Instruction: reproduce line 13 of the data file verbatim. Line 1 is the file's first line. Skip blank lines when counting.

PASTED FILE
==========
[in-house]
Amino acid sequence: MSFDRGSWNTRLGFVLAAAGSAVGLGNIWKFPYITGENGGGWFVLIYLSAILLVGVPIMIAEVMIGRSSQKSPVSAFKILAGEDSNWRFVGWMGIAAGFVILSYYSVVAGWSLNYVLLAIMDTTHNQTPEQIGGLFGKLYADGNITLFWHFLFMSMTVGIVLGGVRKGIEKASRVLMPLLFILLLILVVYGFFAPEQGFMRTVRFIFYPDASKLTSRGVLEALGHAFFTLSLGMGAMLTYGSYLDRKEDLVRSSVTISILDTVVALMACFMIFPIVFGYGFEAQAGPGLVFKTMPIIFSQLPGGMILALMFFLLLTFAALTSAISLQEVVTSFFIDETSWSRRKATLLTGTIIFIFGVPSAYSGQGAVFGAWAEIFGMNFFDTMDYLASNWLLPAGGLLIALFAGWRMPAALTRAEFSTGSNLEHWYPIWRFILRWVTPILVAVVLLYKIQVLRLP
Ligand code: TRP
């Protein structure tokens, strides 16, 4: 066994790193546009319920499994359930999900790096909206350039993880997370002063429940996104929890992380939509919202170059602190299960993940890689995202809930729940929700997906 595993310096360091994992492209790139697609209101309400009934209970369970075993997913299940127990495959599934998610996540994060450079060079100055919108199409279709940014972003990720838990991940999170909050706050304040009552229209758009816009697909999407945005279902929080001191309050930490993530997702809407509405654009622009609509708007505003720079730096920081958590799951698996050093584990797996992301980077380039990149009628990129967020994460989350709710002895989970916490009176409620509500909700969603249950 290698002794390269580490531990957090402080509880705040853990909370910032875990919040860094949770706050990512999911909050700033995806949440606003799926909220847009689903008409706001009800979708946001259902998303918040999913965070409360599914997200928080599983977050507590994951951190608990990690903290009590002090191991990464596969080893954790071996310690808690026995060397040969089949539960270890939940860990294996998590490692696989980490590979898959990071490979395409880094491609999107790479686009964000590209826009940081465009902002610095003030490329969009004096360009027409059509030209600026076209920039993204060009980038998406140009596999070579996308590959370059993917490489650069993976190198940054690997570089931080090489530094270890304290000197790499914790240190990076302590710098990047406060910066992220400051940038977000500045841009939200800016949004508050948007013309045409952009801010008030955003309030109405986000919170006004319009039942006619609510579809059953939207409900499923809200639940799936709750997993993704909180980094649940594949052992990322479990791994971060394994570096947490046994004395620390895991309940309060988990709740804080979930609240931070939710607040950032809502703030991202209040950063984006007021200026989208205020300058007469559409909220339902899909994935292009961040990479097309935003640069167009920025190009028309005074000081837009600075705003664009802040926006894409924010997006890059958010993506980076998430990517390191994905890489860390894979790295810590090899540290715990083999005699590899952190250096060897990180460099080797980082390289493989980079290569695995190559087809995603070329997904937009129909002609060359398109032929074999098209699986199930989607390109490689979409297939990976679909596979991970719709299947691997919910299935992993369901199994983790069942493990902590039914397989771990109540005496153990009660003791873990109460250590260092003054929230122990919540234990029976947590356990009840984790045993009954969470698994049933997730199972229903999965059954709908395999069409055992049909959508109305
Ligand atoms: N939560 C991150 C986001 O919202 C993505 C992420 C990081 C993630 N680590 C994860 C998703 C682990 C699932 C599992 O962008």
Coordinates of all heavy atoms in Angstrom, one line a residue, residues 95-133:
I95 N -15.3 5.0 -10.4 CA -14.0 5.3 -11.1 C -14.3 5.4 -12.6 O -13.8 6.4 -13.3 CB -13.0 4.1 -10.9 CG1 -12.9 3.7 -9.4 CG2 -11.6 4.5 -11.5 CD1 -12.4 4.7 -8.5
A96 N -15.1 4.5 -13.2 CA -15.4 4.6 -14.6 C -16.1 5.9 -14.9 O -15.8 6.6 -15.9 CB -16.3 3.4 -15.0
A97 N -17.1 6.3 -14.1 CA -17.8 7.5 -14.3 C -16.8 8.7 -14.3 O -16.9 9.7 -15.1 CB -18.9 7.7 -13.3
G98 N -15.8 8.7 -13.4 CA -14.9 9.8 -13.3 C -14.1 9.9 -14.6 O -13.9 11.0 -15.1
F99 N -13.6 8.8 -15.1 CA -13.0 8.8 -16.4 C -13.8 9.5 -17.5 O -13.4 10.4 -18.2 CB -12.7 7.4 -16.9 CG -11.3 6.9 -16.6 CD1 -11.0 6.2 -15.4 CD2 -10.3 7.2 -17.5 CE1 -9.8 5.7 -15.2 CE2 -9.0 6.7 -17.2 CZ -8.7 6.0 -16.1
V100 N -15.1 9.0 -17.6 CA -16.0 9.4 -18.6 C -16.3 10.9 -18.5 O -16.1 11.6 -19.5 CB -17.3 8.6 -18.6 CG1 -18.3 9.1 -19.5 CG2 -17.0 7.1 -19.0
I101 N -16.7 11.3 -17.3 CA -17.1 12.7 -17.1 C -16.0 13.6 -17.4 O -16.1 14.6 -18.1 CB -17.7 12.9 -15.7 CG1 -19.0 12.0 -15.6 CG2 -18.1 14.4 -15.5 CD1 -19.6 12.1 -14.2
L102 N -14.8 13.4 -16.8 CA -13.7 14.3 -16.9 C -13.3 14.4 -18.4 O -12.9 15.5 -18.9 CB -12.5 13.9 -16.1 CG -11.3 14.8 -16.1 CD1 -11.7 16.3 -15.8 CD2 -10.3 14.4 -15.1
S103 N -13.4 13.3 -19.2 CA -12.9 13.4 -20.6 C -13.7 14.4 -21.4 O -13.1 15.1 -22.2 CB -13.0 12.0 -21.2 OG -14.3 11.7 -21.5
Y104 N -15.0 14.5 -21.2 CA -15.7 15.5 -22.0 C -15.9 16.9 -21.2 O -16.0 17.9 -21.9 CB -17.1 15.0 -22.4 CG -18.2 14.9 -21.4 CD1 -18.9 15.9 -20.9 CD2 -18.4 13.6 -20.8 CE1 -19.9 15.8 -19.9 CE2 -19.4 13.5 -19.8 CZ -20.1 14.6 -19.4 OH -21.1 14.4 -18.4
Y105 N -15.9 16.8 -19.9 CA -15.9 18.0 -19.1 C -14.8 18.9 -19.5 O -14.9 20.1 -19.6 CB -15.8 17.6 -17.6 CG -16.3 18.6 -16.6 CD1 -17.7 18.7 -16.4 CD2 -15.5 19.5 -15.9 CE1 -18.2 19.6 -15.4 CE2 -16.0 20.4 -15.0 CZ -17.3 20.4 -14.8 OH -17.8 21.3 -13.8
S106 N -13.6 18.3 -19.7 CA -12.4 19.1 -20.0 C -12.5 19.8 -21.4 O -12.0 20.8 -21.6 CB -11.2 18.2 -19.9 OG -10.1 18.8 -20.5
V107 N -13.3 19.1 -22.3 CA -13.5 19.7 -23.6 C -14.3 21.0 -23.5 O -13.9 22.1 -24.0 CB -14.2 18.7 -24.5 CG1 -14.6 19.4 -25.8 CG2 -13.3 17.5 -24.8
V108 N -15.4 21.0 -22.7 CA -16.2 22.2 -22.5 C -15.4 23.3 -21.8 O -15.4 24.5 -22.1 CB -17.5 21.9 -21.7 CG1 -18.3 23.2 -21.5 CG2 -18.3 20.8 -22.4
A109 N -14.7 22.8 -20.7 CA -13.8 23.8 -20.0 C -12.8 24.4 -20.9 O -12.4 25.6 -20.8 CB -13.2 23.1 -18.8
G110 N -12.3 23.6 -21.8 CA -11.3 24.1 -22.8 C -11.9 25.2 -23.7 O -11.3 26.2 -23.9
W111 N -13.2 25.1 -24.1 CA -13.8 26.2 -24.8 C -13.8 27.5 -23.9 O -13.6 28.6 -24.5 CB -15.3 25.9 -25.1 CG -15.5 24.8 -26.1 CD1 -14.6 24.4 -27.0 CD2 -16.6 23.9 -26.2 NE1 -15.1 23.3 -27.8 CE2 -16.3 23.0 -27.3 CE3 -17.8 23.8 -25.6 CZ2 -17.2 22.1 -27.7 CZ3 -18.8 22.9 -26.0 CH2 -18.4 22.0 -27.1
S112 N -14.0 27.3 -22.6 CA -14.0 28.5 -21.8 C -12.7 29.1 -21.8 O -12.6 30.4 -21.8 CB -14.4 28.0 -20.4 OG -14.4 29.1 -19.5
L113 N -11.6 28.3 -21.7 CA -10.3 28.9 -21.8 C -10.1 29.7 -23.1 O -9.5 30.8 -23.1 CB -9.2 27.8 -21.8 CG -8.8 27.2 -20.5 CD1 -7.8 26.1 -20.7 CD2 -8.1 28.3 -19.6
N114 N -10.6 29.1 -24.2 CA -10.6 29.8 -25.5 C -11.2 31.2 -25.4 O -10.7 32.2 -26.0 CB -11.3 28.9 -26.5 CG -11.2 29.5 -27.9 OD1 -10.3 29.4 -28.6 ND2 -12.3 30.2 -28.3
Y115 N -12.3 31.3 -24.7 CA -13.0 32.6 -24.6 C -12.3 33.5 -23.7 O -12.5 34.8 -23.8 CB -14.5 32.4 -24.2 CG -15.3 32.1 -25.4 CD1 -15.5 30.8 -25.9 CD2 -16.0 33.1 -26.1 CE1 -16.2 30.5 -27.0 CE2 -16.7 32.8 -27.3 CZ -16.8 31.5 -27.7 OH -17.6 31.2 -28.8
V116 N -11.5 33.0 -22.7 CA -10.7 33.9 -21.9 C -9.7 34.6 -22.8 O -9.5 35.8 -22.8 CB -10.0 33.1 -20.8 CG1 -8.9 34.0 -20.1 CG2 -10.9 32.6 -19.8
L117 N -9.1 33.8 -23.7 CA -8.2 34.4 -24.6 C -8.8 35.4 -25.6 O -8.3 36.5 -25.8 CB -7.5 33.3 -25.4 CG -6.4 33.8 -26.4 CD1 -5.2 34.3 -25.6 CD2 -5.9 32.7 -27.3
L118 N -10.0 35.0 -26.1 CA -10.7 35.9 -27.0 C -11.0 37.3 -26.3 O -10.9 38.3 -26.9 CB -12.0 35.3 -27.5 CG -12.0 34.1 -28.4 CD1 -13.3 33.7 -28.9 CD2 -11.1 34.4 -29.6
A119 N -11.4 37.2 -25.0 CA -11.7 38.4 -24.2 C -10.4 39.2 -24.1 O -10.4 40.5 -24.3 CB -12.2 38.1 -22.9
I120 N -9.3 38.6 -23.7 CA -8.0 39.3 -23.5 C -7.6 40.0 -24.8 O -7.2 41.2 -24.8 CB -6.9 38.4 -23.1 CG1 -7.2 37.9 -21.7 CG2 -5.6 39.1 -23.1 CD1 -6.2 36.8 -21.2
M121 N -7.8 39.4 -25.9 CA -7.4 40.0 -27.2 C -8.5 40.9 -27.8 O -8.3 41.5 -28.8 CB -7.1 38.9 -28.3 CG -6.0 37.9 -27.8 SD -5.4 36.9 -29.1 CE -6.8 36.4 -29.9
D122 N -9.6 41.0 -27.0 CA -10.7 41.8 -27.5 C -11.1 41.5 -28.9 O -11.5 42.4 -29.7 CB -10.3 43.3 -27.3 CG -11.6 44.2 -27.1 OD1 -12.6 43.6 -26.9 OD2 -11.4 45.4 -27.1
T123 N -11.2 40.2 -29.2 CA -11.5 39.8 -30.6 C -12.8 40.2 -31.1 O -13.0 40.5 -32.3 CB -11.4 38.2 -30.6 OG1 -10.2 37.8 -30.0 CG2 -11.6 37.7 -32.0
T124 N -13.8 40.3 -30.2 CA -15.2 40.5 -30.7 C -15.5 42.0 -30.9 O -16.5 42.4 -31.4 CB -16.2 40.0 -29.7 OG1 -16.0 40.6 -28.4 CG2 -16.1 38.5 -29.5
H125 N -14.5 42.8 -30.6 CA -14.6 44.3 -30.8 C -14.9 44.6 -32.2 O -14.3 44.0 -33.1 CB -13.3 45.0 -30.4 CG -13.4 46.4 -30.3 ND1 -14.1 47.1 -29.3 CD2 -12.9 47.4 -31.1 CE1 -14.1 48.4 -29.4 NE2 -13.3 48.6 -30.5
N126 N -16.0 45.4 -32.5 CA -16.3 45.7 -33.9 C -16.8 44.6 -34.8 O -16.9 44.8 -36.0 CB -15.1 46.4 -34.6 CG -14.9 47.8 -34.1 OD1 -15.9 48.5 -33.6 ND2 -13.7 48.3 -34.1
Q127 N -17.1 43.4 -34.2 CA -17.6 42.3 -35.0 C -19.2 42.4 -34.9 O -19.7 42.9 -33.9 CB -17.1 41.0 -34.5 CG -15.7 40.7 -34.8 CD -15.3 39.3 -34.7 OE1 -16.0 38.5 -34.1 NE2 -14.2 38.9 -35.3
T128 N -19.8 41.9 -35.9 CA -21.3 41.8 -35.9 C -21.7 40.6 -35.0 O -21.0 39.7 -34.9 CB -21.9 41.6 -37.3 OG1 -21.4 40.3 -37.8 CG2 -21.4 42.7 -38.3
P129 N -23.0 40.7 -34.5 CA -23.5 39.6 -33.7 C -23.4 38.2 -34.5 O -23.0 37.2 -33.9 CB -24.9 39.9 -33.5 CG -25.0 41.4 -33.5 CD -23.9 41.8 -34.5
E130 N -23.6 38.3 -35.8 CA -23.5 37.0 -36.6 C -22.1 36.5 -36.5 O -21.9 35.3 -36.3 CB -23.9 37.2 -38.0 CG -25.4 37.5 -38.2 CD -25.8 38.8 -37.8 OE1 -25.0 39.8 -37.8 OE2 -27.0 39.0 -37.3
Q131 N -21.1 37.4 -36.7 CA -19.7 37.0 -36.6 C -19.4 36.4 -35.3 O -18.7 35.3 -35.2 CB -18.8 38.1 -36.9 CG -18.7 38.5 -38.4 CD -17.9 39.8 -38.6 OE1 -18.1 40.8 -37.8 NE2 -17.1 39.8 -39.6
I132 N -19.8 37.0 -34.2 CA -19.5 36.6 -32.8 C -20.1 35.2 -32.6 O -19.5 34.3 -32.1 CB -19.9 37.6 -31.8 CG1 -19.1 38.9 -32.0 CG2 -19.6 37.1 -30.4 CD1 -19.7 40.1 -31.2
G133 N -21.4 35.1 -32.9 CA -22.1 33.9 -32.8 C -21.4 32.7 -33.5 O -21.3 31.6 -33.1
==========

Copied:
I101 N -16.7 11.3 -17.3 CA -17.1 12.7 -17.1 C -16.0 13.6 -17.4 O -16.1 14.6 -18.1 CB -17.7 12.9 -15.7 CG1 -19.0 12.0 -15.6 CG2 -18.1 14.4 -15.5 CD1 -19.6 12.1 -14.2